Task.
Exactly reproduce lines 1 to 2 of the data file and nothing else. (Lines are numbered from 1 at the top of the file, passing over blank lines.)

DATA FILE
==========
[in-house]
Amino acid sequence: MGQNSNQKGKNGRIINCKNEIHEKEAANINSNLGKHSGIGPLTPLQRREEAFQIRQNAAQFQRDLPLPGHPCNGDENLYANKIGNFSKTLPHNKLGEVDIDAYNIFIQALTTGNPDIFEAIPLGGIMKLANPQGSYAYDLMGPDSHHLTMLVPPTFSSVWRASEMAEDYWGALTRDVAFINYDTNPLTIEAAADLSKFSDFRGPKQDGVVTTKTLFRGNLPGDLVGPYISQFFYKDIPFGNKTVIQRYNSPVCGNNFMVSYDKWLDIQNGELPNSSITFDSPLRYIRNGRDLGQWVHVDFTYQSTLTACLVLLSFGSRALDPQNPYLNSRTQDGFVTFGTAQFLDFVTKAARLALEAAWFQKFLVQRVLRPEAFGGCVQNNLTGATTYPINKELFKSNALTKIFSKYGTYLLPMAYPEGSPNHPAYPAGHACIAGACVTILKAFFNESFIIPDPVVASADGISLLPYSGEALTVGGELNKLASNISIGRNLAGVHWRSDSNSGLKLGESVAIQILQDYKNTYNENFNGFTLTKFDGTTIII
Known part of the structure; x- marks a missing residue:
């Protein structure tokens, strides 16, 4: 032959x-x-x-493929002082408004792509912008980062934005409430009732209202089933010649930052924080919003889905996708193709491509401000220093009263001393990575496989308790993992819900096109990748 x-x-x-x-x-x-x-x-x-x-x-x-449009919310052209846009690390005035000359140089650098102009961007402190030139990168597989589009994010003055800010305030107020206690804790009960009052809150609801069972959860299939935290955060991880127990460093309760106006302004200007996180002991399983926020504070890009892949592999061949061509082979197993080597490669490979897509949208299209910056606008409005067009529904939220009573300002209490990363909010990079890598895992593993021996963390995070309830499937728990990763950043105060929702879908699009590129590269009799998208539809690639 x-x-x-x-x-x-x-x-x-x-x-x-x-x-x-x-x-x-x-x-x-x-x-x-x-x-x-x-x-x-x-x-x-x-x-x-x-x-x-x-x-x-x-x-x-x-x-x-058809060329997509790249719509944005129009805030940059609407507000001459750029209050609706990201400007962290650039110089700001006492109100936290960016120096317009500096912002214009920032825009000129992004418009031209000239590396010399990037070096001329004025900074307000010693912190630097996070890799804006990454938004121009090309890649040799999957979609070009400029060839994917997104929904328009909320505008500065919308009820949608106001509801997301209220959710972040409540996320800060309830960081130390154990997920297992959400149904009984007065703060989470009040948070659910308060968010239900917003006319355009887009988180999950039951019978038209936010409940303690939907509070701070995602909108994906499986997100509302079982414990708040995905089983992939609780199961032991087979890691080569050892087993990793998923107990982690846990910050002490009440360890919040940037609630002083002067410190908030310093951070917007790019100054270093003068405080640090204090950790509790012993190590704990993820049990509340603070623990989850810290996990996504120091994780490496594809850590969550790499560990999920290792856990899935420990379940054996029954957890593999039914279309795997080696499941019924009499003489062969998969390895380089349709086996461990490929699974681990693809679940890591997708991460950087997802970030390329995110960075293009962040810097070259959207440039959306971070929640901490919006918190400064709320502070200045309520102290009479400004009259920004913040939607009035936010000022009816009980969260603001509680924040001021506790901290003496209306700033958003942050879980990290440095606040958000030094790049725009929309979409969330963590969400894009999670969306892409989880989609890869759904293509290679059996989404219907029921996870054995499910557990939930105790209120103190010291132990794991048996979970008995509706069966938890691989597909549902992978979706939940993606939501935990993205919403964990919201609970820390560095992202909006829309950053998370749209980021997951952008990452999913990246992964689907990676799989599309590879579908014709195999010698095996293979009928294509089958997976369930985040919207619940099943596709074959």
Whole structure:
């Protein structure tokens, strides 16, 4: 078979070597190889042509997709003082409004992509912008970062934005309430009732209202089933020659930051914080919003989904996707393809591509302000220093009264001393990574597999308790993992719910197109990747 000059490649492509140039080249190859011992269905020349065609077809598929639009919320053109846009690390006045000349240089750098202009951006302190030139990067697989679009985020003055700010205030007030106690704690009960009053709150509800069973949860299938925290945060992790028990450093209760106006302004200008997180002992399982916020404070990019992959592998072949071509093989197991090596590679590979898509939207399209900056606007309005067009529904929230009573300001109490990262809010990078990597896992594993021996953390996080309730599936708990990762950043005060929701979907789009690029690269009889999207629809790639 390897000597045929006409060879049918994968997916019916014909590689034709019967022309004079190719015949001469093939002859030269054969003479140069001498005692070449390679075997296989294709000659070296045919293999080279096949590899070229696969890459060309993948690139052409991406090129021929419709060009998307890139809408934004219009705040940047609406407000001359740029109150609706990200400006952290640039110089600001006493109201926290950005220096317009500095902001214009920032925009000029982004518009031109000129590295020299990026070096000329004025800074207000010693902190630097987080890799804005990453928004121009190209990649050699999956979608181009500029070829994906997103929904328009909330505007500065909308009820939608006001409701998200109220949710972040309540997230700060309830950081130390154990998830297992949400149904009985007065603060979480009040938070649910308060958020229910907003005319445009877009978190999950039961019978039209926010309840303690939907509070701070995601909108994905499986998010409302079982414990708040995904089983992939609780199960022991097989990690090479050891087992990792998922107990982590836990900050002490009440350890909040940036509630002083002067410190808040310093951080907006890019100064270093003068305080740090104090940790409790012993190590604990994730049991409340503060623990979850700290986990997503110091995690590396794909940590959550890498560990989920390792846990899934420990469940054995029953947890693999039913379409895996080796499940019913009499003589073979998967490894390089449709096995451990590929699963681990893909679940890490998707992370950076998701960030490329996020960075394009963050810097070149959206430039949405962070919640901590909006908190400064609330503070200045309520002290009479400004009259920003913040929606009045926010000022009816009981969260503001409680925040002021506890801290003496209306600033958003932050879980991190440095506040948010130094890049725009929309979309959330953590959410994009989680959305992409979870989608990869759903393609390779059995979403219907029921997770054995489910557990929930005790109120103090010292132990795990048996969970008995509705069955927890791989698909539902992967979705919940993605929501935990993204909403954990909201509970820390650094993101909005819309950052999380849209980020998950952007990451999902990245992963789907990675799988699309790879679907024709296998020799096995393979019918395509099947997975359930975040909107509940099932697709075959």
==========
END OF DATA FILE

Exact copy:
[in-house]
Amino acid sequence: MGQNSNQKGKNGRIINCKNEIHEKEAANINSNLGKHSGIGPLTPLQRREEAFQIRQNAAQFQRDLPLPGHPCNGDENLYANKIGNFSKTLPHNKLGEVDIDAYNIFIQALTTGNPDIFEAIPLGGIMKLANPQGSYAYDLMGPDSHHLTMLVPPTFSSVWRASEMAEDYWGALTRDVAFINYDTNPLTIEAAADLSKFSDFRGPKQDGVVTTKTLFRGNLPGDLVGPYISQFFYKDIPFGNKTVIQRYNSPVCGNNFMVSYDKWLDIQNGELPNSSITFDSPLRYIRNGRDLGQWVHVDFTYQSTLTACLVLLSFGSRALDPQNPYLNSRTQDGFVTFGTAQFLDFVTKAARLALEAAWFQKFLVQRVLRPEAFGGCVQNNLTGATTYPINKELFKSNALTKIFSKYGTYLLPMAYPEGSPNHPAYPAGHACIAGACVTILKAFFNESFIIPDPVVASADGISLLPYSGEALTVGGELNKLASNISIGRNLAGVHWRSDSNSGLKLGESVAIQILQDYKNTYNENFNGFTLTKFDGTTIII